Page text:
LIV ON – talking life, death and music with Amy Sky

Categories: Care.

Ms Sky has recently released an album in collaboration with Beth Nielsen Chapman and Olivia Newton John, which draws on this power of music to aid and comfort those experiencing grief and loss, as well as people who are dying.

The album is titled: LIV ON, and carries the message that: while grief affects each of us differently, the reason we grieve is because we love, and it is through this love that we can heal.

“(In life) things change,” said Amy, “and this goes both ways. Life will always remind us of this. It is very hard, when you are in the middle of your deepest grief, to imagine that life will have light and love and laughter again.

Amy’s message of hope is that the heart wants to heal. “If you give it the time and space to, there will be a new you waiting on the other side of the pain,” she said.

Personal experiences with grief and loss

Amy has had her own experience with grief and loss. She experienced post-partum depression and currently works with mental health charities in her native Canada, drawing on her own experience to help others. Along with her mother and siblings, Amy cared for her father as he was dying from Parkinson’s Disease, the same year that she became a mother.

This concurrence – of her child’s life entering the world just as her father’s left it – inspired Amy’s song: ‘I will take care of you’, which is included on the LIV ON album. The song explores the idea that, when a child grows up surrounded by love and care, when the time comes to take care of their parents, they can turn around and reflect the care that they received when they were young.

The most recent experience of grief, and the one that affected Amy the most deeply, was the sudden loss of her mother five years ago. “It took a long time to get my equilibrium back,” said Amy. “Bereavement as a life space was a whole world that I really didn’t understand.” Amy realised that what was happening to her, this bereavement that deeply impacts the survivor, had to be happening to other people, and this is one of the reasons that she decided to work on the LIV ON album.

The power of music

Music is a powerful force for healing, and can be a “container” around the pain of loss. According to Amy, it gives people a “safe space to go their deepest feelings.” She noted that the process of healing involves going squarely through the centre of the pain, feeling the sadness to the very depths of it, and that music can serve an important purpose in taking you there.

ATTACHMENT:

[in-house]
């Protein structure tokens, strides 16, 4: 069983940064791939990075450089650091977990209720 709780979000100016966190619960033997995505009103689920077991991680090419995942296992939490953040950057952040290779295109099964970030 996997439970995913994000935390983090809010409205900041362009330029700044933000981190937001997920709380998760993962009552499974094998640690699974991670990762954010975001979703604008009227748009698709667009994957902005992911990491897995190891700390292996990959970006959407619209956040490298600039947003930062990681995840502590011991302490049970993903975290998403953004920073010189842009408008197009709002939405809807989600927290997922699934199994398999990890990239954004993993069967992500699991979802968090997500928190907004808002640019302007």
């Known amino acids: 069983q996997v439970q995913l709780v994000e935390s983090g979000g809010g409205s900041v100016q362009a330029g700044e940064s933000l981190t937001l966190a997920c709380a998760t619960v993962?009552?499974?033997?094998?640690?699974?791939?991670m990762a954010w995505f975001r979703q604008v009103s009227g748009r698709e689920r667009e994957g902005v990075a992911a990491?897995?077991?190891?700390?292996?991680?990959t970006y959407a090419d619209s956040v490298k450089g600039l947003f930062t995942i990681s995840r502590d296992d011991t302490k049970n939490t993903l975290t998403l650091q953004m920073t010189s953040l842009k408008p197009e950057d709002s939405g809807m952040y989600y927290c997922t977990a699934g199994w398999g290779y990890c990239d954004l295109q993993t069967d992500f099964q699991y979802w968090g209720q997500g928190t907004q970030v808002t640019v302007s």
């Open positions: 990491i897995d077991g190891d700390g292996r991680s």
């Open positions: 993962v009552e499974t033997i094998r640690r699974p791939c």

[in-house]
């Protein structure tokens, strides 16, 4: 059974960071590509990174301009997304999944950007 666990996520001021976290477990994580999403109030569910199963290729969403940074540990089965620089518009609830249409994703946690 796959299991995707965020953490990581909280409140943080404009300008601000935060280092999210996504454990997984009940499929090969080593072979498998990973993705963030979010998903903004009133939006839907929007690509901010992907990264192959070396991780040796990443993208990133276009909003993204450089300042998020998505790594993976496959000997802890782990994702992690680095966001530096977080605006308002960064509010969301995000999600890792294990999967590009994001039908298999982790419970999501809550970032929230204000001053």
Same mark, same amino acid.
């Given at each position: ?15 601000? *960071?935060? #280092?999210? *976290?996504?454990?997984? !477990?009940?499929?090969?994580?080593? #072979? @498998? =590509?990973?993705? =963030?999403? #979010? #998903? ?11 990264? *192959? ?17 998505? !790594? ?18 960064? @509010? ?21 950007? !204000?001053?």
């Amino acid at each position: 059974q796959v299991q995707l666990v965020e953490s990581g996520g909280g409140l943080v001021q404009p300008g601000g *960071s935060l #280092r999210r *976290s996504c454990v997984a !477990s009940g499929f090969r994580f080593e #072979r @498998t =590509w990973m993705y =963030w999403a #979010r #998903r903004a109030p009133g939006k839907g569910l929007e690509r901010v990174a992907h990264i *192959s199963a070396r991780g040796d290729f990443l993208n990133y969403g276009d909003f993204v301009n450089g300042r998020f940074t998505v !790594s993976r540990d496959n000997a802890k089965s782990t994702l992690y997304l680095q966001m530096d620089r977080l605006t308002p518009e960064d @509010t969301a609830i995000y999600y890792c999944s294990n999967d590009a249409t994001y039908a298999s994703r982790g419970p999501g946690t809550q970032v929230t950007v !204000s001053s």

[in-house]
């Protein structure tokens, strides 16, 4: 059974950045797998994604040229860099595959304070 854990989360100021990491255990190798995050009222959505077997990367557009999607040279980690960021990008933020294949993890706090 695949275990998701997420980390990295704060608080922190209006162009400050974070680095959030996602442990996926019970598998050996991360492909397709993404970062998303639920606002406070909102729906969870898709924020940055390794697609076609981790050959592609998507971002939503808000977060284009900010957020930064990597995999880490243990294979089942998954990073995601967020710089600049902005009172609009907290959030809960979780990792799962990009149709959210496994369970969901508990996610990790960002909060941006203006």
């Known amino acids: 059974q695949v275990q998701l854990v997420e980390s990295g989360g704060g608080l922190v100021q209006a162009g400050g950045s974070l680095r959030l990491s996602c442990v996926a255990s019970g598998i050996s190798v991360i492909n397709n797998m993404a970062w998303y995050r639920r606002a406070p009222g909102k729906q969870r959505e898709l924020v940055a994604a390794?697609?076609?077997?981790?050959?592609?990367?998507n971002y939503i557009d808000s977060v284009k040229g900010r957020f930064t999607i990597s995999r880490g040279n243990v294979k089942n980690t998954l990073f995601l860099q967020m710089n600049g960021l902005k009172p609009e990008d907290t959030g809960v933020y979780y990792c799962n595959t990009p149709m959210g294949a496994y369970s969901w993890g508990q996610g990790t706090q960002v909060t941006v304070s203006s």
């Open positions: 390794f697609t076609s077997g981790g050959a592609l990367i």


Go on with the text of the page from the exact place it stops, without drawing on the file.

Music takes people right back to a time of sadness – or of joy that is no longer there – but the song will end, and the grief can be contained within the music. “I think this is a metaphor for the grieving process,” she said.  

My heart goes out to you

Amy shared an experience that she had while the three artists were writing the album. They were just finishing breakfast at Olivia’s home, when Amy received an email. It was from a friend who had just lost her daughter, a young woman who had died suddenly.

“It was devastating,” said Amy. “I didn’t know what to say! What do you say to someone who has had such a catastrophic loss? The only thing you can offer is your support and your love.”

Suddenly Amy got up and went to the piano, sat down and started playing what would become the track: ‘My Heart Goes Out to You’.

“The song just poured out of us,” said Amy. “We needed to write a song that just expressed this support and love.”

That song in particular gave Amy the language and the vocabulary to offer support to her friend who had experienced that loss.  

You are not alone

The deeper message of the LIV ON album is: You are not alone on your journey to recovery. In society, conversations about grief and bereavement are often discouraged or not initiated, with the survivor expected to ‘just get over it’.

From Amy’s experience in the mental health world, she has learnt that the conversations that are not had can have very negative consequences. However, she says: “When you have the dialogue and people share common experience of loss and recovery, this actually can speed the healing and speed the recovery.”

This goes equally for people who are themselves in the palliative process. “Don’t put off having the conversations that are important,” says Amy. She quoted the book, The Four Things that Matter Most by Dr Ira Byock, saying that the things a person needs to say at the end of life are: I forgive you, Please forgive me, Thank-you and I love you.

“That’s a conversation that someone who is ending their life needs to have, but it’s also a conversation that we all need to have with the people who are still with us,” said Amy. “One of the gifts of loss is to learn the importance of living that conversation.”

Through the power of music, LIV ON amplifies the discussion about death, grieving and bereavement to help other people understand that what they are going through is normal.

You can download the album or pre-order a CD online. 

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